Cannes Blog: Creative diversity

Mark Childs finds inspiration from a shortlisted PFLAG campaign and two stand-outs of the Mofilm competition.
Coke

By Mark Childs

Tuesday at Cannes Lions underscored for me that diversity is an accelerator of both innovation and creativity.

The Draftfcb PFLAG Canada “Jazz” Shazam shortlist announcement in radio is a celebration of diversity in creative. This campaign that prominently features QR codes and Shazam drives to real online LGBT video stories, a virtual support group for those in need. I have volunteer-collaborated on this work from its creative brief inception, so the opportunity to share my Cannes Lions recognition with Robin Heisey and Elma Karabegovic in person on the Croisette and Cannes Lions soccer field (with Lauren Miller and team in Toronto by Twitter) was a proud moment.

Another day two highlight was the Cannes Mofilm Awards that celebrated a different way to win. The awards recognized young filmmakers that create brand videos from briefs posted online, for 10 brands including familiar global names such as Adobe, AT&T, Chevrolet, Coca-Cola, Diageo, Santander and Unilever. What makes the Mofilm creative approach unique, explains Andy Brown, president and co-founder, is that it crowdsources creative development by adding “content sourcing” – seeding the brief with a roster of consistently accomplished and passionate global filmmakers including Canadians Lloyd Choi, Kyle Hollett and Simon Yang.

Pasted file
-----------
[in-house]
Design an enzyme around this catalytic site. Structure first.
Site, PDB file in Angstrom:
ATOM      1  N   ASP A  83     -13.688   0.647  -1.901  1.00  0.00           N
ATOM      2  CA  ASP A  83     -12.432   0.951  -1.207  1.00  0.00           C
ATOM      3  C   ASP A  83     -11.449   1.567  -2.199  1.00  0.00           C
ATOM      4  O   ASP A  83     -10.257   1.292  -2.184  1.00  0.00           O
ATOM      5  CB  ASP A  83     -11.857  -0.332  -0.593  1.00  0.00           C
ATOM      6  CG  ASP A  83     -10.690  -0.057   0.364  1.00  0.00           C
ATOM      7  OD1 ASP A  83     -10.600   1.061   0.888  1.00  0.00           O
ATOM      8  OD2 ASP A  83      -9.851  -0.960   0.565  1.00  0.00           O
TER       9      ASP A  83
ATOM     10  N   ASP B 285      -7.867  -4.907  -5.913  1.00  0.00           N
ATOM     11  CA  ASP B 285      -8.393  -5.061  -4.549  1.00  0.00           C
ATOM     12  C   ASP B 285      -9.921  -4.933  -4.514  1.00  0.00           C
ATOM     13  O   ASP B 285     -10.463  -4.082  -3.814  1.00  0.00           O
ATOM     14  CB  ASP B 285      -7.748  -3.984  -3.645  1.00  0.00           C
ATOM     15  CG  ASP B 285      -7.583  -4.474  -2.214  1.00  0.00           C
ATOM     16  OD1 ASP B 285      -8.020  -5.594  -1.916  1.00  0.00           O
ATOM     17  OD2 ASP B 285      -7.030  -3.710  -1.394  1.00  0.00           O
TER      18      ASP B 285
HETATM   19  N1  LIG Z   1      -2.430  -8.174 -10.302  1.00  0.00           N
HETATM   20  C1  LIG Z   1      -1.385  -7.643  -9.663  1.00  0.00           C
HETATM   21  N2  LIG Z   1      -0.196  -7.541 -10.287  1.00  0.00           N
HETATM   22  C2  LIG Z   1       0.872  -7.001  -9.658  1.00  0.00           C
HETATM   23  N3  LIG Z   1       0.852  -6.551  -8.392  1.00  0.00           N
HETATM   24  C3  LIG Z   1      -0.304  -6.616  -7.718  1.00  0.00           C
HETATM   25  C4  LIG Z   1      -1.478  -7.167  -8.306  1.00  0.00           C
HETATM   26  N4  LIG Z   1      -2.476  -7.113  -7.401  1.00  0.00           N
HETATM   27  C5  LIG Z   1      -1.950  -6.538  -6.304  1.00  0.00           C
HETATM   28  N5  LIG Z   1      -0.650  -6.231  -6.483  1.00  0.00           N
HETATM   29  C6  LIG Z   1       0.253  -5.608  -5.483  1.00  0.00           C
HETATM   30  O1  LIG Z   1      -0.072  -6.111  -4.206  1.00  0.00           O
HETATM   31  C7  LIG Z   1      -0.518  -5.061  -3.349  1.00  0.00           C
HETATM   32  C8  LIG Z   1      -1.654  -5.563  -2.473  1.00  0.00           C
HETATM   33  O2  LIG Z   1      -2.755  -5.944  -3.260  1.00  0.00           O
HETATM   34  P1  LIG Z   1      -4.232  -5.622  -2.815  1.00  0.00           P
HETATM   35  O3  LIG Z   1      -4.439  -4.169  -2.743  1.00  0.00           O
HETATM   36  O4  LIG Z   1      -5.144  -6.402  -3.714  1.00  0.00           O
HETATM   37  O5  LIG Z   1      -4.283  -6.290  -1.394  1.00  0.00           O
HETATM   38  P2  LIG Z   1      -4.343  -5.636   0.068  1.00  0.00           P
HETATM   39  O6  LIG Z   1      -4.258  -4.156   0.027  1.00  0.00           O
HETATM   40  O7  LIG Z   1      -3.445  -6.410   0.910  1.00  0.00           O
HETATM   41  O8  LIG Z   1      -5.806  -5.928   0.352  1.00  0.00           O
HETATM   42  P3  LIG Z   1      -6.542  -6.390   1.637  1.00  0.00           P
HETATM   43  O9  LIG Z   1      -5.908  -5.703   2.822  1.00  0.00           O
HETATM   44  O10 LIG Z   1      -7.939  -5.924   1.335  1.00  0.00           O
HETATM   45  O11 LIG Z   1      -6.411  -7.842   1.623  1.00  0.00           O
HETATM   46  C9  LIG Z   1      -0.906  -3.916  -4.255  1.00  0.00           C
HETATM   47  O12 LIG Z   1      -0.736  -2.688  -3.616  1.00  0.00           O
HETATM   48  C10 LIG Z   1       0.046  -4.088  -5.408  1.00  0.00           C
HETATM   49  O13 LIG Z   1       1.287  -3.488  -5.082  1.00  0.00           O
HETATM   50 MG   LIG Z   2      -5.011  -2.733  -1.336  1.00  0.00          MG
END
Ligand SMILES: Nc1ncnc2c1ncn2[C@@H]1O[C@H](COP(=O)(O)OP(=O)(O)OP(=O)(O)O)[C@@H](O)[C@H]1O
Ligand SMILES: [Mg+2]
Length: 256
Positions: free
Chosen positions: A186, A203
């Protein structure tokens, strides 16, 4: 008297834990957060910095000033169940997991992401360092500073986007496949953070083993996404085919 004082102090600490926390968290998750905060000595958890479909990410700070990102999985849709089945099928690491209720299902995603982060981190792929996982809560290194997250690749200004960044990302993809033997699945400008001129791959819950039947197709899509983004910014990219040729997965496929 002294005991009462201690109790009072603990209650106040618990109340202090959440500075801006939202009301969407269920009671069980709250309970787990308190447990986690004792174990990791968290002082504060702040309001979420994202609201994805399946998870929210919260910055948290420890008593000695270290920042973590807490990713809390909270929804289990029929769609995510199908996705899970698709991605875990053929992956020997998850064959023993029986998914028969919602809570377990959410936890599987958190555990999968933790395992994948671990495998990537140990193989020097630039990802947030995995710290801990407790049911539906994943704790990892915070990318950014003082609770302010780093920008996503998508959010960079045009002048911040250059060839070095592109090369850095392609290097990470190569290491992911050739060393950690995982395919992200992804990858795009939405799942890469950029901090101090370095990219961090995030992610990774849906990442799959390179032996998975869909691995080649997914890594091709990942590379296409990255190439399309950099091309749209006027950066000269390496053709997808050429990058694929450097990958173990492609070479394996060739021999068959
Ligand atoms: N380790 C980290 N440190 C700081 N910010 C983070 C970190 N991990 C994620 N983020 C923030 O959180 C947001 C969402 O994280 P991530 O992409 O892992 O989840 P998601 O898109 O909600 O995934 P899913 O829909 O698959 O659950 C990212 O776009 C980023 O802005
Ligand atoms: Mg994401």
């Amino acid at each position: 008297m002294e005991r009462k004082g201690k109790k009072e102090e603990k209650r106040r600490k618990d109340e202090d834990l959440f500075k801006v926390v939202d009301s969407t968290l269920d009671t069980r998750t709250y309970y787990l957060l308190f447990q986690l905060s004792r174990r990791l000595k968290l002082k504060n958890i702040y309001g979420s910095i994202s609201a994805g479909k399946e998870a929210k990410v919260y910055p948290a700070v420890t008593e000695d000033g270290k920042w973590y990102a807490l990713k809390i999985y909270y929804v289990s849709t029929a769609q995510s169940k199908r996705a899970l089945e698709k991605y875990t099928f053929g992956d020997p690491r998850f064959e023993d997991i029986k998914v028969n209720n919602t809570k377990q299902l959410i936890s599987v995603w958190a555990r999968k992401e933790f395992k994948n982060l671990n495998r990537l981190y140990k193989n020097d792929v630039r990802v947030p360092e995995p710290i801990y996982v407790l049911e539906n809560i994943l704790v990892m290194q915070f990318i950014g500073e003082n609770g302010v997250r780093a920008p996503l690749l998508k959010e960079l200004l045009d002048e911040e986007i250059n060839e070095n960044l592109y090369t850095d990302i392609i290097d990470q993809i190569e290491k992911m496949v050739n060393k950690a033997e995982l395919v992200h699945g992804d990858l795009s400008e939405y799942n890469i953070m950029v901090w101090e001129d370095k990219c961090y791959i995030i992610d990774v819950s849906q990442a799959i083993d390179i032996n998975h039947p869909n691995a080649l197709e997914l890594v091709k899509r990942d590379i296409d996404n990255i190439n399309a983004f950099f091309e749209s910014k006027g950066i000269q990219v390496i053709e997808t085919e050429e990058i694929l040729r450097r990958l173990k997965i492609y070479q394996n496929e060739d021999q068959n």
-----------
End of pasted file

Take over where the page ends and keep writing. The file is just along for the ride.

This is not my first Mofilm experience, and like the brands involved in the Cannes competition this year, I am very interested in exploring this alternate approach as an avenue to more diverse creative and film expression. During the awards presentation we were treated to 10 inspiring films, each with very fresh ideas. I encourage you to check it out online.

Here are the two that resonated for me:

The first, the winner for Unilever was “Beautiful” by Pete Williams and Charlie Jones from the UK. The film is both simple and honest and features a young boy telling unexpected women in his own words that they are beautiful, making their day. The idea builds on the insight we’re told that just 4% of women in the UK feel that way about themselves.  Powerful.

The second film by Hugh Mitton and Lee Kupferman from Australia is “Happiness in the Air” (pictured). After viewing, it is shared with us that Coca-Cola will air it next year – the best reward for this team who won both the brand competition and Best in Show. Their film is a fresh and iconic expression of the happiness equity brought to life through visual storytelling for Valentine’s Day.

So while very different, both PFLAG Canada and Mofilm are wonderful examples of the same thing. Creative collaboration.

Mark Childs is VP marketing at Campbell Company of Canada. For more on Canada’s experience in Cannes, follow us on Twitter and Instagram and look for the hashtag #StrategyatCannes.